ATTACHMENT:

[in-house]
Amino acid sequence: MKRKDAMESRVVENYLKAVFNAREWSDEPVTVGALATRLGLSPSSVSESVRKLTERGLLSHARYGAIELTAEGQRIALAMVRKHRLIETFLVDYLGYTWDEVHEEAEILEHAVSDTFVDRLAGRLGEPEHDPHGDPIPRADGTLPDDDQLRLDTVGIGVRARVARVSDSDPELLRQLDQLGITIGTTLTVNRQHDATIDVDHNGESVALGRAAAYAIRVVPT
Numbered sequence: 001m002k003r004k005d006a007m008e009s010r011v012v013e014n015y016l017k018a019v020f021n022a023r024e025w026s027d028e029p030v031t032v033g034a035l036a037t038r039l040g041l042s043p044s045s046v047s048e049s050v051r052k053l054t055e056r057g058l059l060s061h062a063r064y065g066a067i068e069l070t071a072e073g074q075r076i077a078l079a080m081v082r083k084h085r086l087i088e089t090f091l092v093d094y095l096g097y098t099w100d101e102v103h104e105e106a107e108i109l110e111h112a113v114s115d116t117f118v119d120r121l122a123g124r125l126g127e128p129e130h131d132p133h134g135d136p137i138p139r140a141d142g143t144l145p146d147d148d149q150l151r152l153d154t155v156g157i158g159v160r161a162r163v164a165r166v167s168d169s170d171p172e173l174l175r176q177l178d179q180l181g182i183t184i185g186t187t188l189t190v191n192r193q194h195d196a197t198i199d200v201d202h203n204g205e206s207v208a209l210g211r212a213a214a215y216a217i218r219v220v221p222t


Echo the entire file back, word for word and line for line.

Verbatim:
[in-house]
Amino acid sequence: MKRKDAMESRVVENYLKAVFNAREWSDEPVTVGALATRLGLSPSSVSESVRKLTERGLLSHARYGAIELTAEGQRIALAMVRKHRLIETFLVDYLGYTWDEVHEEAEILEHAVSDTFVDRLAGRLGEPEHDPHGDPIPRADGTLPDDDQLRLDTVGIGVRARVARVSDSDPELLRQLDQLGITIGTTLTVNRQHDATIDVDHNGESVALGRAAAYAIRVVPT
Numbered sequence: 001m002k003r004k005d006a007m008e009s010r011v012v013e014n015y016l017k018a019v020f021n022a023r024e025w026s027d028e029p030v031t032v033g034a035l036a037t038r039l040g041l042s043p044s045s046v047s048e049s050v051r052k053l054t055e056r057g058l059l060s061h062a063r064y065g066a067i068e069l070t071a072e073g074q075r076i077a078l079a080m081v082r083k084h085r086l087i088e089t090f091l092v093d094y095l096g097y098t099w100d101e102v103h104e105e106a107e108i109l110e111h112a113v114s115d116t117f118v119d120r121l122a123g124r125l126g127e128p129e130h131d132p133h134g135d136p137i138p139r140a141d142g143t144l145p146d147d148d149q150l151r152l153d154t155v156g157i158g159v160r161a162r163v164a165r166v167s168d169s170d171p172e173l174l175r176q177l178d179q180l181g182i183t184i185g186t187t188l189t190v191n192r193q194h195d196a197t198i199d200v201d202h203n204g205e206s207v208a209l210g211r212a213a214a215y216a217i218r219v220v221p222t